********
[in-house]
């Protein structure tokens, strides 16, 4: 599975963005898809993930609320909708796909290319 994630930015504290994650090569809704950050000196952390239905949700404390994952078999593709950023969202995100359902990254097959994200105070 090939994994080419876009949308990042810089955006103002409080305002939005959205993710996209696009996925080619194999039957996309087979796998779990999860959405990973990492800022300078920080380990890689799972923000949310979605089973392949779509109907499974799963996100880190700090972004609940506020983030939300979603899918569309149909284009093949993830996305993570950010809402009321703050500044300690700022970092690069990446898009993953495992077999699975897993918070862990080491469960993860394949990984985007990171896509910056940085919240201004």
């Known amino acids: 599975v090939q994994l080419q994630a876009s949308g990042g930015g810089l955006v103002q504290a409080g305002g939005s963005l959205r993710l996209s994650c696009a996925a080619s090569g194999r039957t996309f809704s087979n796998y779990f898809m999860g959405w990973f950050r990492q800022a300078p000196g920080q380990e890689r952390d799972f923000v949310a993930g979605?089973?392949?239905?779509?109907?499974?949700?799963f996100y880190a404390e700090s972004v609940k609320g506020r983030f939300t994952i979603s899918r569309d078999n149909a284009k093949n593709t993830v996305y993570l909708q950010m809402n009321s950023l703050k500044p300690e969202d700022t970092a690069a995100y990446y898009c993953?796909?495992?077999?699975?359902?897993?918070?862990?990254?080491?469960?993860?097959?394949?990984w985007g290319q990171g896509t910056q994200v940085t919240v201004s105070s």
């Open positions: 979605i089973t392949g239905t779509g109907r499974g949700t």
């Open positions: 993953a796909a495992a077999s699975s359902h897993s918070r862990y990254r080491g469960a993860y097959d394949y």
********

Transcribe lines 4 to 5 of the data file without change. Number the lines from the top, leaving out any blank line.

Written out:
């Open positions: 979605i089973t392949g239905t779509g109907r499974g949700t």
């Open positions: 993953a796909a495992a077999s699975s359902h897993s918070r862990y990254r080491g469960a993860y097959d394949y």